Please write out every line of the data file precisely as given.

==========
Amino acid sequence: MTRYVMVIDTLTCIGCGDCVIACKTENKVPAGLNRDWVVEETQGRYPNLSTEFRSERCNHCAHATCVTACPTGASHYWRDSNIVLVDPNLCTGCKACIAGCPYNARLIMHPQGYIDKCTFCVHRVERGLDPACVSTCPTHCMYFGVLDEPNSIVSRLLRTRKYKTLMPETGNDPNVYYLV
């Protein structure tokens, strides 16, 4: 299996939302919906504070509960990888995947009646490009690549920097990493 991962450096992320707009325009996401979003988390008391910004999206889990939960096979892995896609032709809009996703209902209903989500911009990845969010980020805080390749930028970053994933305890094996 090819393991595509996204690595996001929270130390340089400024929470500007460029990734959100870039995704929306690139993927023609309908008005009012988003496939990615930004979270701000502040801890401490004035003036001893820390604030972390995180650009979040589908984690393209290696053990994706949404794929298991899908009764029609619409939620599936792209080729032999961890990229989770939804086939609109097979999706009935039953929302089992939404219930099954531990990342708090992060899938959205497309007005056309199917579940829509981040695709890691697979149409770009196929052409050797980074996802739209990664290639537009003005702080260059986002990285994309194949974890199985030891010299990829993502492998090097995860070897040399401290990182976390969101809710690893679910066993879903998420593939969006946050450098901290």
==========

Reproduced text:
Amino acid sequence: MTRYVMVIDTLTCIGCGDCVIACKTENKVPAGLNRDWVVEETQGRYPNLSTEFRSERCNHCAHATCVTACPTGASHYWRDSNIVLVDPNLCTGCKACIAGCPYNARLIMHPQGYIDKCTFCVHRVERGLDPACVSTCPTHCMYFGVLDEPNSIVSRLLRTRKYKTLMPETGNDPNVYYLV
């Protein structure tokens, strides 16, 4: 299996939302919906504070509960990888995947009646490009690549920097990493 991962450096992320707009325009996401979003988390008391910004999206889990939960096979892995896609032709809009996703209902209903989500911009990845969010980020805080390749930028970053994933305890094996 090819393991595509996204690595996001929270130390340089400024929470500007460029990734959100870039995704929306690139993927023609309908008005009012988003496939990615930004979270701000502040801890401490004035003036001893820390604030972390995180650009979040589908984690393209290696053990994706949404794929298991899908009764029609619409939620599936792209080729032999961890990229989770939804086939609109097979999706009935039953929302089992939404219930099954531990990342708090992060899938959205497309007005056309199917579940829509981040695709890691697979149409770009196929052409050797980074996802739209990664290639537009003005702080260059986002990285994309194949974890199985030891010299990829993502492998090097995860070897040399401290990182976390969101809710690893679910066993879903998420593939969006946050450098901290």